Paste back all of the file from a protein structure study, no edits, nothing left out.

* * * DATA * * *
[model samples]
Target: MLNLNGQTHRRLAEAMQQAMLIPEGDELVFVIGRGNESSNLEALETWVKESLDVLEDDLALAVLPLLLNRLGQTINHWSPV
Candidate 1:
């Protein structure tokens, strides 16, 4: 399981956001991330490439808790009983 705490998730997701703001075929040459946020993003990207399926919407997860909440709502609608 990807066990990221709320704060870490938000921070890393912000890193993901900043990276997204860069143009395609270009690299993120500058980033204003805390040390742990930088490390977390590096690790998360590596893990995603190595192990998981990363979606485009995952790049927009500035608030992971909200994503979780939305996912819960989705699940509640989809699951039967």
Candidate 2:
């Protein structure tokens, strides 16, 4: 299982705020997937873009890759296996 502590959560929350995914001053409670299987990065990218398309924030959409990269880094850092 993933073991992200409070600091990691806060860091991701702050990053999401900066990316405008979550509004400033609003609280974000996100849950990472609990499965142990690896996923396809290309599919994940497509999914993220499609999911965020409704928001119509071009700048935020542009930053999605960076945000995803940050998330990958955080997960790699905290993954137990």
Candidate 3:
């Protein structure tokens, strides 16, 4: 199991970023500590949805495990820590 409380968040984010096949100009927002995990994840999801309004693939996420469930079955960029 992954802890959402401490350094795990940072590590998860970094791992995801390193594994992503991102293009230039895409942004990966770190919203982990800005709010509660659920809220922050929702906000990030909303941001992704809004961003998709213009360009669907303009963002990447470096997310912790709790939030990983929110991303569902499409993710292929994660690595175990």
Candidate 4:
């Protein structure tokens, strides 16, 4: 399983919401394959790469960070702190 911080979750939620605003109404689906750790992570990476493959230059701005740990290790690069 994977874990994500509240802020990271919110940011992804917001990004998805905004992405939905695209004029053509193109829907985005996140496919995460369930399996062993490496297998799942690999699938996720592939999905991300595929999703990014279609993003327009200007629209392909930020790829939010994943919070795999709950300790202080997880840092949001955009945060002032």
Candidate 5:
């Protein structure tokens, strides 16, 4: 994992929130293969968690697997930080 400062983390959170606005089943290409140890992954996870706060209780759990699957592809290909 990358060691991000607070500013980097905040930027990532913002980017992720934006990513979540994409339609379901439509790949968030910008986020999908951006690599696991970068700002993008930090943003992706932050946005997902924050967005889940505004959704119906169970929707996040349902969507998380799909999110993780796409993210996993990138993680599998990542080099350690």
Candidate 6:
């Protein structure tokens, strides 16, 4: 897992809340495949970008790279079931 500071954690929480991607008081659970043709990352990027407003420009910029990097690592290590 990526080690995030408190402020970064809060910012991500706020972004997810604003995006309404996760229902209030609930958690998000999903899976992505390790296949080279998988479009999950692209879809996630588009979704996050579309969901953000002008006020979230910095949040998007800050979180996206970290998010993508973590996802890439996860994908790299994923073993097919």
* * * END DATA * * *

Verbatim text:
[model samples]
Target: MLNLNGQTHRRLAEAMQQAMLIPEGDELVFVIGRGNESSNLEALETWVKESLDVLEDDLALAVLPLLLNRLGQTINHWSPV
Candidate 1:
């Protein structure tokens, strides 16, 4: 399981956001991330490439808790009983 705490998730997701703001075929040459946020993003990207399926919407997860909440709502609608 990807066990990221709320704060870490938000921070890393912000890193993901900043990276997204860069143009395609270009690299993120500058980033204003805390040390742990930088490390977390590096690790998360590596893990995603190595192990998981990363979606485009995952790049927009500035608030992971909200994503979780939305996912819960989705699940509640989809699951039967």
Candidate 2:
């Protein structure tokens, strides 16, 4: 299982705020997937873009890759296996 502590959560929350995914001053409670299987990065990218398309924030959409990269880094850092 993933073991992200409070600091990691806060860091991701702050990053999401900066990316405008979550509004400033609003609280974000996100849950990472609990499965142990690896996923396809290309599919994940497509999914993220499609999911965020409704928001119509071009700048935020542009930053999605960076945000995803940050998330990958955080997960790699905290993954137990």
Candidate 3:
């Protein structure tokens, strides 16, 4: 199991970023500590949805495990820590 409380968040984010096949100009927002995990994840999801309004693939996420469930079955960029 992954802890959402401490350094795990940072590590998860970094791992995801390193594994992503991102293009230039895409942004990966770190919203982990800005709010509660659920809220922050929702906000990030909303941001992704809004961003998709213009360009669907303009963002990447470096997310912790709790939030990983929110991303569902499409993710292929994660690595175990």
Candidate 4:
């Protein structure tokens, strides 16, 4: 399983919401394959790469960070702190 911080979750939620605003109404689906750790992570990476493959230059701005740990290790690069 994977874990994500509240802020990271919110940011992804917001990004998805905004992405939905695209004029053509193109829907985005996140496919995460369930399996062993490496297998799942690999699938996720592939999905991300595929999703990014279609993003327009200007629209392909930020790829939010994943919070795999709950300790202080997880840092949001955009945060002032």
Candidate 5:
């Protein structure tokens, strides 16, 4: 994992929130293969968690697997930080 400062983390959170606005089943290409140890992954996870706060209780759990699957592809290909 990358060691991000607070500013980097905040930027990532913002980017992720934006990513979540994409339609379901439509790949968030910008986020999908951006690599696991970068700002993008930090943003992706932050946005997902924050967005889940505004959704119906169970929707996040349902969507998380799909999110993780796409993210996993990138993680599998990542080099350690």
Candidate 6:
């Protein structure tokens, strides 16, 4: 897992809340495949970008790279079931 500071954690929480991607008081659970043709990352990027407003420009910029990097690592290590 990526080690995030408190402020970064809060910012991500706020972004997810604003995006309404996760229902209030609930958690998000999903899976992505390790296949080279998988479009999950692209879809996630588009979704996050579309969901953000002008006020979230910095949040998007800050979180996206970290998010993508973590996802890439996860994908790299994923073993097919």